Gaga V. Bey: A Strategy Comparison


This post was anonymously written as part of Blog Secret Santa. There’s a list of all Secret Santa posts, including one written by Alaina Wiens, on Santa’s list of 2013 gift posts.

Hi Alaina! When I signed up, I didn’t know this Secret Santa activity was geared toward content strategists, now I’m feeling out of my league. So… Content strategy. What does that mean to me? Is there a way I can use my perspective as a musician and consumer to write something useful for my gift match?

While I listen to a wide range of music, I take an interest in pop culture because it shapes our youth, namely teens, who I spend my days teaching. Two of the current (and in my opinion, most talented) Divas have dropped new albums in the last two months with outcomes worth discussing. Each album had a very different strategy from vision to promotion to execution.

Lady Gaga’s Art Pop was released November 6. Its first single, “Applause” was released this summer to excite fans for her self-proclaimed work of Art. The concept of “what Gaga does is ART” was beaten over our heads as consumers before we had the chance to ponder or analyze anything. Upon the album’s release, we are greeted with the grotesque memory of R. Kelly’s indiscretions from the early part of the century, accompanied with a message of “Do What U Want”. My initial question is: what are we teaching young girls here? Isn’t Lady Gaga supposed to be a symbol of strength or something? The album was available simultaneously on Spotify, giving us all the chance to quickly preview and make our own conclusions. It was also released the same time as Katy Perry’s Prism and Miley Cyrus’ Bangerz, creating more competition with the teeny-bopper audience. The sales have been considered a flop.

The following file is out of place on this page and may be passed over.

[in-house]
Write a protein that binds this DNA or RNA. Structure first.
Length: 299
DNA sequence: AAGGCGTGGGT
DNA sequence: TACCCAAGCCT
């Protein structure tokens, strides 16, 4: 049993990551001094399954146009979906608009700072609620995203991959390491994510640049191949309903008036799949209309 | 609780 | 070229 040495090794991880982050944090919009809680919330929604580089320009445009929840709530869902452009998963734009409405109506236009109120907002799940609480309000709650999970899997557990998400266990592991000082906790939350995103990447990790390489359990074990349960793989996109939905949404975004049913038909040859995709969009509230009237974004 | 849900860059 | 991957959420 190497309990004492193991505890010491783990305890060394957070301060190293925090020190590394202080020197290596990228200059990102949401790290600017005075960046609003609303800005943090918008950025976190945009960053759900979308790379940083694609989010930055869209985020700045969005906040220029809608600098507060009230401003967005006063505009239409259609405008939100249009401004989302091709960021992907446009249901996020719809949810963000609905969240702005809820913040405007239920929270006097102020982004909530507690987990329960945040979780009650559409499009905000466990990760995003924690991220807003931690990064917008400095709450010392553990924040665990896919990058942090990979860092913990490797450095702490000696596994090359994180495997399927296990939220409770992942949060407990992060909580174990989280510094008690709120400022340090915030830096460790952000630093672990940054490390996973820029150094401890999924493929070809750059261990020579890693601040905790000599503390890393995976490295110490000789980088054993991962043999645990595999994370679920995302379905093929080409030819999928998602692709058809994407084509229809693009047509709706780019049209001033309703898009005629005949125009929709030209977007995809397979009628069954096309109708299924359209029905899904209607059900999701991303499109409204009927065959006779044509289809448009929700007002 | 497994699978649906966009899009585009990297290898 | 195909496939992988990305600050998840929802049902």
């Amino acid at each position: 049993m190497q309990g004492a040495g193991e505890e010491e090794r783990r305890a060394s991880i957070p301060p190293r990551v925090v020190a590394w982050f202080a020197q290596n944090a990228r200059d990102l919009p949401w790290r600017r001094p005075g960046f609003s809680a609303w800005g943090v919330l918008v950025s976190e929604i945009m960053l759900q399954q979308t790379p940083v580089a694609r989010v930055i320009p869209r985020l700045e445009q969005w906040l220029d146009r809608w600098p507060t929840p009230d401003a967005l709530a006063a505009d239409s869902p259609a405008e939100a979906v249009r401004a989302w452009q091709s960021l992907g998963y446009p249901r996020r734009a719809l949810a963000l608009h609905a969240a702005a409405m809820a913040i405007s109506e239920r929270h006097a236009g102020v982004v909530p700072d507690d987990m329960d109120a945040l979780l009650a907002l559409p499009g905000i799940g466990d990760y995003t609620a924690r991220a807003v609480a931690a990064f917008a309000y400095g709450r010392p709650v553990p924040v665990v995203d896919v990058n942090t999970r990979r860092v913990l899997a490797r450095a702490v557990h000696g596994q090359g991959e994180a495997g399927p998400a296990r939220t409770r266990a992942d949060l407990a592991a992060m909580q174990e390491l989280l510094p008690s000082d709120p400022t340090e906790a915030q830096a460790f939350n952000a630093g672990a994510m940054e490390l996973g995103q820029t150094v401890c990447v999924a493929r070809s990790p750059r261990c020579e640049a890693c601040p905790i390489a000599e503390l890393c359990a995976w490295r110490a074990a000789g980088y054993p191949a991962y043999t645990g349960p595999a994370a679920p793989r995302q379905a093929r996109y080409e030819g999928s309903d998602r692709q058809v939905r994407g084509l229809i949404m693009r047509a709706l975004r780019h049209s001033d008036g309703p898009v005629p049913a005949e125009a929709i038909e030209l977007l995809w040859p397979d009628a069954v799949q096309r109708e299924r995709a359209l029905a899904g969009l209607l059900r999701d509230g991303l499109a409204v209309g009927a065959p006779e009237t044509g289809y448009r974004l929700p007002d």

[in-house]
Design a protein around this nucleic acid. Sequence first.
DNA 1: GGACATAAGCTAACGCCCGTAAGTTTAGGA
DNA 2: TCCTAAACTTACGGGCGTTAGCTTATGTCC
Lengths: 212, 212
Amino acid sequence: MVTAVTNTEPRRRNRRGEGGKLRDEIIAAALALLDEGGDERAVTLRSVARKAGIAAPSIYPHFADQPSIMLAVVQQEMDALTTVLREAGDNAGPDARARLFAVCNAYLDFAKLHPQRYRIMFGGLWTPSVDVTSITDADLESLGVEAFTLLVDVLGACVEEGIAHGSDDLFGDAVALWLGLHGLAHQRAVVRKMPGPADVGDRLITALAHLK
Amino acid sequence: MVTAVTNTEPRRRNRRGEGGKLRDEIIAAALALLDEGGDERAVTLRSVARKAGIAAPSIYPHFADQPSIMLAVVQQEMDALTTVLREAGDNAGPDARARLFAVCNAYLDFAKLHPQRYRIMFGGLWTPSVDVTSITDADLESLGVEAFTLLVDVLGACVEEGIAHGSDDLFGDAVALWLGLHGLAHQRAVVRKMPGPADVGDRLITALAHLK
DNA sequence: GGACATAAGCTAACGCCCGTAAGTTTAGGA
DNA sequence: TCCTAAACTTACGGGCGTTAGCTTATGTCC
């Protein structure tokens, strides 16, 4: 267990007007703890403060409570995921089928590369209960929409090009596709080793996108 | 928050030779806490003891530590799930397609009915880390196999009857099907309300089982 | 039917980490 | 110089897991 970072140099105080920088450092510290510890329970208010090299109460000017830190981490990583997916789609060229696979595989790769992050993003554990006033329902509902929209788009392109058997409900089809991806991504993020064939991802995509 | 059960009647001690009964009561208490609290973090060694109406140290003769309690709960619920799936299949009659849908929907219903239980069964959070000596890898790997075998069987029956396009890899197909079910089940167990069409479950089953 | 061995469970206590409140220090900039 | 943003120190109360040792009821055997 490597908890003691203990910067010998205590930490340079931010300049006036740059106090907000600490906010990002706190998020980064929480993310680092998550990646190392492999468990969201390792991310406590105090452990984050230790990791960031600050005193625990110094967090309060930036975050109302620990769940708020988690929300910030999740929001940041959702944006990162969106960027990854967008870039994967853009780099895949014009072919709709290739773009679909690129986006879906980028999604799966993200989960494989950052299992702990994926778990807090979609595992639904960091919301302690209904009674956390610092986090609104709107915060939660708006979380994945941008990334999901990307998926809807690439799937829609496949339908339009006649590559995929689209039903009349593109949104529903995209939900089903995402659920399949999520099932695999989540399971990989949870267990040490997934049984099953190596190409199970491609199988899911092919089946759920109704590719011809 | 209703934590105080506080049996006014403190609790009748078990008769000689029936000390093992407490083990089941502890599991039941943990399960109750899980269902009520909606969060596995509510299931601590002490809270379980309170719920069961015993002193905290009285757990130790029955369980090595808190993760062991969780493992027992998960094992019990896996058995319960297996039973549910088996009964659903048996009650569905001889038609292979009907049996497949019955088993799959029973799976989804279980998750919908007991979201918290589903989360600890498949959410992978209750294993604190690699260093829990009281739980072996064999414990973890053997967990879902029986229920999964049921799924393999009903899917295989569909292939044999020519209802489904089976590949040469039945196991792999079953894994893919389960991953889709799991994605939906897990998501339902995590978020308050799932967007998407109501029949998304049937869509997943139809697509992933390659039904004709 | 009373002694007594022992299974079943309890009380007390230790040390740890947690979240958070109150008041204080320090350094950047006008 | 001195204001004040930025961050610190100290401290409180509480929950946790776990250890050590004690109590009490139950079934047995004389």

In contrast, Beyonce dropped it big time last Friday (with this Instagram, to be precise). Her album was available only through iTunes for the first week, and includes 15 songs and 17 videos. Here’s an album preview. We’ve seen a fair amount of Beyonce this year, from the National Anthem at Obama’s second inauguration, to a sultry cover of Amy Winehouse on the Great Gatsby Soundtrack, to accompanying Jay-Z on a Vegan cleanse, so no one expected this. Concepts in this artistic video-album are wide and varied, and Beyonce’s perspective as a child performer, wife, and mother are explored. She doesn’t want her audience to experience it in terms of singles, as she thinks appreciation of the album as a unit is diminishing. For more on the album, check out this Roundtable Discussion of the new album on Rookie. Her new album is reaching 1 million in sales and doesn’t look like it’s going anywhere, sparking big conversations on topics of motherhood, femini.

People don’t want something crammed down their throats. If you see something over and over, that doesn’t necessarily mean you’ll like it the 14th time. A good surprise, intrigue, that is good strategy to me, which is why I paid the $15.99 for Beyonce and zero for Gaga.

Beyonce spent time developing her content in secret, and consumers are more interested in her product while Gaga spent her summer and fall prepping fans for her album, giving play-by-plays on Twitter. As someone who had a pretty even opinion of them before, I’m much more intrigued by the surprise drop, especially because there is so much new music there.

In short, I’m not a content strategist, but I know which strategy worked for me in the case of these two albums, and it’s one worth considering as an artist and a writer: work hard and patient and quiet, and let your product speak for itself. Merry Christmas!

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